50. Manlius said,

    July 22, 2008 at 5:06 pm

    How does what I said confirm your comment #47? I am not an FVer, so you were plainly wrong.

  51. Manlius said,

    July 22, 2008 at 5:08 pm

    And yes, Manlius is my real middle name. My more complete name is Alexander M. Burgess.

  52. ReformedSinner said,

    July 22, 2008 at 7:08 pm

    #19

    “Well, arguing with Unionists is about as productive as arguing with FVists. They’ve made up their minds, despite Calvin’s clear teaching that justification is what makes union possible. If they ignore Calvin’s own ordo, what’s the point of continuing the argument?”

    Many possible reasons for that Vern:

    1) As you said maybe we’re a bunch of arrogant believers.

    2) You misread Calvin (and the Bible) and refuse to respect our counter arguments.

    As you can see it’s not as black and white is it?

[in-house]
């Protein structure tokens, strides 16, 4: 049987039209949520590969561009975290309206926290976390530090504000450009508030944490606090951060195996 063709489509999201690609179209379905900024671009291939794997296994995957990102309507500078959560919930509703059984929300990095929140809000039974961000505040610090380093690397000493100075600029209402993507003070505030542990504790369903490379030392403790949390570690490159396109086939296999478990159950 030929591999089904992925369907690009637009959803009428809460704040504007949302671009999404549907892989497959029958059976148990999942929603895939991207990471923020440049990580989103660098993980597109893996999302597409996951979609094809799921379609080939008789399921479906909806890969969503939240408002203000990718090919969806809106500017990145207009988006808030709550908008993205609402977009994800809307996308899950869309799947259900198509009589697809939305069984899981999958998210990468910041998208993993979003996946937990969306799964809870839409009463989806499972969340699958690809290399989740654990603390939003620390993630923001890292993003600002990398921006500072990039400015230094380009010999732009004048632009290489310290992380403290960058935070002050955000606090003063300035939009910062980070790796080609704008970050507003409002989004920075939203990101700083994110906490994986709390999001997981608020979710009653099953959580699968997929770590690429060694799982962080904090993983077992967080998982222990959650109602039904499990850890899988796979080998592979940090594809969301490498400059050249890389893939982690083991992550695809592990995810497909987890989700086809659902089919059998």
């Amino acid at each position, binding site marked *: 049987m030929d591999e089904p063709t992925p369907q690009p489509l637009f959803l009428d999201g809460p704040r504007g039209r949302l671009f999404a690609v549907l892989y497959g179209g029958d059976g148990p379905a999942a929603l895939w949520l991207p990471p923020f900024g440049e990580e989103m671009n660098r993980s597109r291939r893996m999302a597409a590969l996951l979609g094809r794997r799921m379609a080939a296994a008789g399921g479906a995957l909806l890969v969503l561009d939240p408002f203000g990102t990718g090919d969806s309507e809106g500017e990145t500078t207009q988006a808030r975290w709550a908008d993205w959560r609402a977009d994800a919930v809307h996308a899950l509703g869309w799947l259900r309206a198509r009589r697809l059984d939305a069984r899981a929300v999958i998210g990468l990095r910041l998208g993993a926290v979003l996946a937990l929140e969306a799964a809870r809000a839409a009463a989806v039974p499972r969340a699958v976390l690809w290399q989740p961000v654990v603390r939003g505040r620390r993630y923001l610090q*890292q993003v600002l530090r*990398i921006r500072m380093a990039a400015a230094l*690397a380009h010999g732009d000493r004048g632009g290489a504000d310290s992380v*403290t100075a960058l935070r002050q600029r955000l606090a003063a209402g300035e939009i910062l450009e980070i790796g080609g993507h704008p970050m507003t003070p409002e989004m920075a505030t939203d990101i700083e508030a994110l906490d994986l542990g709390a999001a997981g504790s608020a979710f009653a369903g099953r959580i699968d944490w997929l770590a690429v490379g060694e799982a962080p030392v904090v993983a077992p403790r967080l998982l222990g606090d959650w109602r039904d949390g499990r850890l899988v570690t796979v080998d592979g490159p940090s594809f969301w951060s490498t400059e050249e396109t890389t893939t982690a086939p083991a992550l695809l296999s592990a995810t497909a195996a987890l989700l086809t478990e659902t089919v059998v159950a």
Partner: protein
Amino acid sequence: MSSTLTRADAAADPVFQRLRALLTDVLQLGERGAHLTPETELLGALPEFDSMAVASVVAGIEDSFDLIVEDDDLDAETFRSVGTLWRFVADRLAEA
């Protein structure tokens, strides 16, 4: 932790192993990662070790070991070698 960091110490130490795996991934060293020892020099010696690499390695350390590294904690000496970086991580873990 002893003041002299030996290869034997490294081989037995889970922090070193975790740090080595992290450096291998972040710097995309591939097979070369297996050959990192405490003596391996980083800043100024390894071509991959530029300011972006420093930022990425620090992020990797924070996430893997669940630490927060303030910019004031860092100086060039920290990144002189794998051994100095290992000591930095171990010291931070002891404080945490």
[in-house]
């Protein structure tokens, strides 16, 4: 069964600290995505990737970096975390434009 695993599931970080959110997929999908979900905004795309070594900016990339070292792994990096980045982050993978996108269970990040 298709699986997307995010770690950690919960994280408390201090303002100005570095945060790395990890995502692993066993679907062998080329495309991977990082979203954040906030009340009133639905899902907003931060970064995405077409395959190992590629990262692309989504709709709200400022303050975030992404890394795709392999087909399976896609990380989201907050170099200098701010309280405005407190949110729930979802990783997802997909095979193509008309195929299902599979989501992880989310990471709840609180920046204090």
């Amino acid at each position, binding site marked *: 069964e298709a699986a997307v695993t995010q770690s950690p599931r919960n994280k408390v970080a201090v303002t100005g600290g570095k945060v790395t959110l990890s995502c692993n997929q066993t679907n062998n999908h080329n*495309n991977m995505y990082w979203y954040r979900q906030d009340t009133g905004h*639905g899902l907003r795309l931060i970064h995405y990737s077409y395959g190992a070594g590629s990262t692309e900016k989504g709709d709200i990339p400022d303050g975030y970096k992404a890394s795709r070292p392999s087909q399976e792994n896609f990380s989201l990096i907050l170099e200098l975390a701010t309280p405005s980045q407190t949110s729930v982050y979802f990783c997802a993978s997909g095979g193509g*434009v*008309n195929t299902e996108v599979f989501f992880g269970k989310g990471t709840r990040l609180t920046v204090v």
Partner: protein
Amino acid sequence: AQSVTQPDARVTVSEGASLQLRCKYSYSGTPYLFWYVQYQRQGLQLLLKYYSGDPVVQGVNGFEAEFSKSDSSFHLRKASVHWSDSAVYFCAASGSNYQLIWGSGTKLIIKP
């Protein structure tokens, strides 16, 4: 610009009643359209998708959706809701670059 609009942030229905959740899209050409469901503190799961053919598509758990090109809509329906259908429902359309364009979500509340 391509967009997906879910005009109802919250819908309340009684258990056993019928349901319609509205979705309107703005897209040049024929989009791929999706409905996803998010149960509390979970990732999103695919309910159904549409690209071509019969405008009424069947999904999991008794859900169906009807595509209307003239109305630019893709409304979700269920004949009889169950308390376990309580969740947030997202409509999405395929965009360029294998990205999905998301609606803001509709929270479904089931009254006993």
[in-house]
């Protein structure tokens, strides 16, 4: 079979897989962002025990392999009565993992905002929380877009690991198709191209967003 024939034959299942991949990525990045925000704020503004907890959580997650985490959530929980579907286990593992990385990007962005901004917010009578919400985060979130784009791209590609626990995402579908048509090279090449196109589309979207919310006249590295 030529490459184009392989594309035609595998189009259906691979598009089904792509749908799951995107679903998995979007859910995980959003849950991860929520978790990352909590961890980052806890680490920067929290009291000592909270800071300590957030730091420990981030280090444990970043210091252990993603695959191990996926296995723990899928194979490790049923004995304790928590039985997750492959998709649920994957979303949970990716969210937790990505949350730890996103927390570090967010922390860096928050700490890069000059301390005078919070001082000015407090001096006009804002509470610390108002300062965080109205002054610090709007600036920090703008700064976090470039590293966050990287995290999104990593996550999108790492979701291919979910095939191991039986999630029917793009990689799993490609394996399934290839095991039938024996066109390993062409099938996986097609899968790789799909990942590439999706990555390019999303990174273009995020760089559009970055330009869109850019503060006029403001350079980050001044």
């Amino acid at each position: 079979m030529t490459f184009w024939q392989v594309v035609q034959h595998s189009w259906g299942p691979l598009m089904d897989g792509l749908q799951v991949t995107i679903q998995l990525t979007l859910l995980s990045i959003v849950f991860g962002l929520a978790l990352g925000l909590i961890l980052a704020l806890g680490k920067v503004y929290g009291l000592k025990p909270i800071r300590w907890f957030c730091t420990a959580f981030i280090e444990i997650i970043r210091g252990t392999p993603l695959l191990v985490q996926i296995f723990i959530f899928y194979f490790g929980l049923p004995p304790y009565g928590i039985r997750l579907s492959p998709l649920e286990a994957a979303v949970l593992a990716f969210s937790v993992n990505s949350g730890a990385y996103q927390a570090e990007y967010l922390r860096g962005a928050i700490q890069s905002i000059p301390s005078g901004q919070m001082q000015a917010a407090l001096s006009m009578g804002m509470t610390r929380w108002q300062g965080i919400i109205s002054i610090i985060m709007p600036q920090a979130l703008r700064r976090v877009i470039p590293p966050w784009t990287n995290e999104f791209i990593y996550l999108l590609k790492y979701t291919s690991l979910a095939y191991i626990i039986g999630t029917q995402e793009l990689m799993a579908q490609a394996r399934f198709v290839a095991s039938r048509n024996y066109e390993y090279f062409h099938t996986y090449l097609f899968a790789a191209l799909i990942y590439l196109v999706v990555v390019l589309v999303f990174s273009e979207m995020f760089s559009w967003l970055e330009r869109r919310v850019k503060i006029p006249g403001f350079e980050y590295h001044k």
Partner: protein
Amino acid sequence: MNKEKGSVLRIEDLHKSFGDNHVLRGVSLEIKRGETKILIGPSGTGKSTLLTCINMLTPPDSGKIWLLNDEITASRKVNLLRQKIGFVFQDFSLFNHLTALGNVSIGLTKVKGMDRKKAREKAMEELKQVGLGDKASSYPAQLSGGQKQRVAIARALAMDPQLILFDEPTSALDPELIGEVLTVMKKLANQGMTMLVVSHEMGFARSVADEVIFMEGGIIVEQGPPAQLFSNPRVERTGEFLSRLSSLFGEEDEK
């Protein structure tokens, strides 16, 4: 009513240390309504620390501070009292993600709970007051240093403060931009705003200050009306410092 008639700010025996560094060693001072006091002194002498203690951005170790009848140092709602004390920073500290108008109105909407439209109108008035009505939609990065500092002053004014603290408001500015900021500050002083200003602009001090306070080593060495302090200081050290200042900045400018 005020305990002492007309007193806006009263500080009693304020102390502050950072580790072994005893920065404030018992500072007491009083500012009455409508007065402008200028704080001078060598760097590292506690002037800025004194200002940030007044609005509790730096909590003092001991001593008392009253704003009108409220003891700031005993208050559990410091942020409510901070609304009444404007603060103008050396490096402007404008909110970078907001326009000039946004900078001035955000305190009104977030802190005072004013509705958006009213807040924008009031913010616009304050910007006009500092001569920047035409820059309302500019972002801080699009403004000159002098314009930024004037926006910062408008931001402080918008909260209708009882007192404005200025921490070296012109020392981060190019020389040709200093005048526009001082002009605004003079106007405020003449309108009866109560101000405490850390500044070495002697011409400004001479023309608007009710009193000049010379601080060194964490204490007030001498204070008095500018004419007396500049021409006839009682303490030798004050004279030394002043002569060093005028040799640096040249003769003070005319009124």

53. ReformedSinner said,

    July 22, 2008 at 7:19 pm

    #43,

    There are many but I’ll start with one (others feel free to jump in)

    1 Cor. 1:30

    Christ has become for us “wisdom” and not just intellectually defined but Biblically defined “wisdom.” It’s only in Christ’s becoming wisdom for us that we have “righteousness, holiness, and redemption.”

  54. its.reed said,

    July 23, 2008 at 9:09 am

    Ref. #50:

    Manlius:

    I think Gary’s call for witnesses in #47 was actually for others on the blog to affirm his observatin about your comments and their affinity with FV formulations.

    Without labeling you an FV’er (I don’t think Gary is either), I would affirm Gary’s point. Much of your language has at the very least a formal similarity with the types of arguments and language used by FV’ers.